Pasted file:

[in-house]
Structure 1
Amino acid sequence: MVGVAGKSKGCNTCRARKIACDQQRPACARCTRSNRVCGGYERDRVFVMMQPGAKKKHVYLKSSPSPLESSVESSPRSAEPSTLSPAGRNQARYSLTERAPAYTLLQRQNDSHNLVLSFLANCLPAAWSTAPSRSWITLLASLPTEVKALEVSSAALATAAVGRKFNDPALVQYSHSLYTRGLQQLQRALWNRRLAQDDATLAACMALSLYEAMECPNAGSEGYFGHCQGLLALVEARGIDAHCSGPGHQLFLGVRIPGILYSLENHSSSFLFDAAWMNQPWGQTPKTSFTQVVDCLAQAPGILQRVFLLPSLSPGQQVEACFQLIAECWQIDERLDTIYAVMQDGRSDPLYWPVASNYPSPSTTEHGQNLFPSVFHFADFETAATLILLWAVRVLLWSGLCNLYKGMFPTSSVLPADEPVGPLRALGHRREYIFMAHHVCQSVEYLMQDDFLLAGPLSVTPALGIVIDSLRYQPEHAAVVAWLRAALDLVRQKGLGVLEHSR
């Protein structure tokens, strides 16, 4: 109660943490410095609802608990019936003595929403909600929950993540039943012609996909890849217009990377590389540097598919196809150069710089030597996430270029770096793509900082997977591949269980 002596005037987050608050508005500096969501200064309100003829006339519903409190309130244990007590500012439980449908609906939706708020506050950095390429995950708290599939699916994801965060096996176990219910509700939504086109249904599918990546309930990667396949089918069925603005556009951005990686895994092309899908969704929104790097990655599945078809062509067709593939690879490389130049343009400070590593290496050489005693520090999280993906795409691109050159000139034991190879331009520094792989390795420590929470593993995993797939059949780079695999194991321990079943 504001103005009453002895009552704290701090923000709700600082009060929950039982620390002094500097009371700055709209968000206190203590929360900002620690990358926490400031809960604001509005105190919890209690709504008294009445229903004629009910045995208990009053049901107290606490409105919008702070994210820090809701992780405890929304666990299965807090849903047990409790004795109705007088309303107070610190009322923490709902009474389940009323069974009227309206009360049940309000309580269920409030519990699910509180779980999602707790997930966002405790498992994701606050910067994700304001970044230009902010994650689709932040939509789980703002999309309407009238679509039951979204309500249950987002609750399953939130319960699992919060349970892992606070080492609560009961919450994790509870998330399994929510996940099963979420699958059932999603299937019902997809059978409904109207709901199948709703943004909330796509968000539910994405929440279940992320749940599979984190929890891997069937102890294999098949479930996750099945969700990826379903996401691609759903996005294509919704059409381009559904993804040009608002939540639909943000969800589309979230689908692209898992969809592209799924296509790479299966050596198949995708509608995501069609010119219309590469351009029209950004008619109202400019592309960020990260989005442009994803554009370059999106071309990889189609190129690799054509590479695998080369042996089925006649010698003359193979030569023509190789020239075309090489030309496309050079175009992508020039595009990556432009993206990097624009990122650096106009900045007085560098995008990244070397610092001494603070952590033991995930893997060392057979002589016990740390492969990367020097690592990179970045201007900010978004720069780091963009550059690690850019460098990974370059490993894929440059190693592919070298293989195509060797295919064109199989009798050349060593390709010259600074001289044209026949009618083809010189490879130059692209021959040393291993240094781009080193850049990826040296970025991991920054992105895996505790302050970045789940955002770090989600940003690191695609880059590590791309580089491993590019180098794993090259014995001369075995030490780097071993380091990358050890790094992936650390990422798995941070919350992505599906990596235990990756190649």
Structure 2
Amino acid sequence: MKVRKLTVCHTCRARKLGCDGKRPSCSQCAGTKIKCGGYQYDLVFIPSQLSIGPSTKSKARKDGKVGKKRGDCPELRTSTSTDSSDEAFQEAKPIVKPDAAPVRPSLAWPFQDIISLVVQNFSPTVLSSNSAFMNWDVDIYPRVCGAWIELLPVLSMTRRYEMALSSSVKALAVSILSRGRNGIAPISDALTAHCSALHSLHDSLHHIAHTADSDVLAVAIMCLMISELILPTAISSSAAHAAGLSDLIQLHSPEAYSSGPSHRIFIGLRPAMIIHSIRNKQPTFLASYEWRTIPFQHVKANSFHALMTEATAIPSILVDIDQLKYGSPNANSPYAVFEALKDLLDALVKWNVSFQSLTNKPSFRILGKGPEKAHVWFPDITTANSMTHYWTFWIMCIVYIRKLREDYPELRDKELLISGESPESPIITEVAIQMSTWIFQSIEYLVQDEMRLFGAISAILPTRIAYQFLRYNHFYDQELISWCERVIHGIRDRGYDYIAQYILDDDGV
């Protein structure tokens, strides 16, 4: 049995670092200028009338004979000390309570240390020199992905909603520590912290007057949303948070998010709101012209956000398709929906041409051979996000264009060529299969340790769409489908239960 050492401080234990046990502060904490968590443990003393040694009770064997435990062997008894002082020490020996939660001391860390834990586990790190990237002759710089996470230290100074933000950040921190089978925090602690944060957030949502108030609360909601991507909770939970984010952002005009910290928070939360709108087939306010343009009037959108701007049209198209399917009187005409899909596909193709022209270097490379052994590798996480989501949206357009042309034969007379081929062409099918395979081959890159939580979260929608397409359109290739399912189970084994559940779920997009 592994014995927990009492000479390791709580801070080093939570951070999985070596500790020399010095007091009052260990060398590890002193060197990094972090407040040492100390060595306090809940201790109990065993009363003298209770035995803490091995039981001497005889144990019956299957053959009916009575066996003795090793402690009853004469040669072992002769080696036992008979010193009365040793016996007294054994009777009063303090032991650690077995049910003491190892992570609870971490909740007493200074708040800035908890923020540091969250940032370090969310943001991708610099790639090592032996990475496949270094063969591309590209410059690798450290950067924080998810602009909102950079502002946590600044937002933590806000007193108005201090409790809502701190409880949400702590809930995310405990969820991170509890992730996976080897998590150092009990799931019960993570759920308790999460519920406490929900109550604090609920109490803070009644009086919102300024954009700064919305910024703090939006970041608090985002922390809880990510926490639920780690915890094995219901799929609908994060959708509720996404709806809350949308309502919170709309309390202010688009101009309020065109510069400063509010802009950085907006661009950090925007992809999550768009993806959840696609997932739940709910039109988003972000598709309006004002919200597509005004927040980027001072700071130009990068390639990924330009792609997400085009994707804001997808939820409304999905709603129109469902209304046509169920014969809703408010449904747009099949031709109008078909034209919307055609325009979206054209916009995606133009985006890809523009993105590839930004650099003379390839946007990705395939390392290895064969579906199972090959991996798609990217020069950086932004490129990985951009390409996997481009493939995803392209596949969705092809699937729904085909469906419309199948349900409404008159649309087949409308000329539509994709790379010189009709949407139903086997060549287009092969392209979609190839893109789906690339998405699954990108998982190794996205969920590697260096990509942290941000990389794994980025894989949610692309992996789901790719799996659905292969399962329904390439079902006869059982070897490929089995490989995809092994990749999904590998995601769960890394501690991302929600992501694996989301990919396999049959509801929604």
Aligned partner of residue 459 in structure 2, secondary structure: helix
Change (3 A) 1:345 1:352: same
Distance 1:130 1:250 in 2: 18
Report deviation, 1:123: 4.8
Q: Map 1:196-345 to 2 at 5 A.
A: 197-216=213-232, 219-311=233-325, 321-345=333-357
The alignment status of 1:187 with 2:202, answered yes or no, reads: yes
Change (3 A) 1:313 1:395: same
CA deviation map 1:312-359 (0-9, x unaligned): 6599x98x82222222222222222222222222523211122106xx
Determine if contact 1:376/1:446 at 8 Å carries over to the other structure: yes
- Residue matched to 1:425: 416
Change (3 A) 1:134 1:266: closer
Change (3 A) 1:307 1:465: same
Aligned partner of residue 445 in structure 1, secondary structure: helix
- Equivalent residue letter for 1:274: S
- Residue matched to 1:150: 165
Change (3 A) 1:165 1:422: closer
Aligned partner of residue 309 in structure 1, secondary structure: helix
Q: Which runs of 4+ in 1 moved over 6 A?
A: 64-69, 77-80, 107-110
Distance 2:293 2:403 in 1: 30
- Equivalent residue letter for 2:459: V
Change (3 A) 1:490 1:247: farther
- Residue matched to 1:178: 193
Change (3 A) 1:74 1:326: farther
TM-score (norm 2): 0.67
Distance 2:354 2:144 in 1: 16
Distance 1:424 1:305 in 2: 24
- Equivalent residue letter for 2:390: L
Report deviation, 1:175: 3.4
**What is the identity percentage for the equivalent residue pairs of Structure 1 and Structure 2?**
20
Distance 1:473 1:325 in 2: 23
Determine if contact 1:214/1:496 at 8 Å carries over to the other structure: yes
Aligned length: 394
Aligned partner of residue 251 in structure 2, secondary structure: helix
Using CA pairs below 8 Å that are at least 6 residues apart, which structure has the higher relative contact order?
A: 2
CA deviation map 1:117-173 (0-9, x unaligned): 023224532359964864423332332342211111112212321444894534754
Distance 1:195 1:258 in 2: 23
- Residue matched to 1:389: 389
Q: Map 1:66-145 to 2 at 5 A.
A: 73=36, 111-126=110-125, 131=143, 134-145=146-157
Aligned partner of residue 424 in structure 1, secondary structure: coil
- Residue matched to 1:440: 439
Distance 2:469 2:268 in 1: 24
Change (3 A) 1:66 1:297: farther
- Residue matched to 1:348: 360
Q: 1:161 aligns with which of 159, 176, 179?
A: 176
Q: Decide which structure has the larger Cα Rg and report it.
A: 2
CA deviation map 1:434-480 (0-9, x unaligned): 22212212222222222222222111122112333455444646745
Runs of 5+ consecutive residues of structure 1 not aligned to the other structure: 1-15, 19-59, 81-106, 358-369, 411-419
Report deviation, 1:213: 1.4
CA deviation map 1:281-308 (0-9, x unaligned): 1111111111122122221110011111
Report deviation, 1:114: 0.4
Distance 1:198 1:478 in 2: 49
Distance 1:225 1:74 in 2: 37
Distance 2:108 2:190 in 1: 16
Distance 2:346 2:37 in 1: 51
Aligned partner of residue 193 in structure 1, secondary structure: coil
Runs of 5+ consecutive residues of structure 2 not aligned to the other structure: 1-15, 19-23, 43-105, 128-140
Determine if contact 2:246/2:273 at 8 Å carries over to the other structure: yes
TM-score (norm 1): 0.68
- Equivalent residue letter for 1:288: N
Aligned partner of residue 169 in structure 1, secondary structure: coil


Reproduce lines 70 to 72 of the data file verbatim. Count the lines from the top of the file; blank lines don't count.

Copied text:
Runs of 5+ consecutive residues of structure 2 not aligned to the other structure: 1-15, 19-23, 43-105, 128-140
Determine if contact 2:246/2:273 at 8 Å carries over to the other structure: yes
TM-score (norm 1): 0.68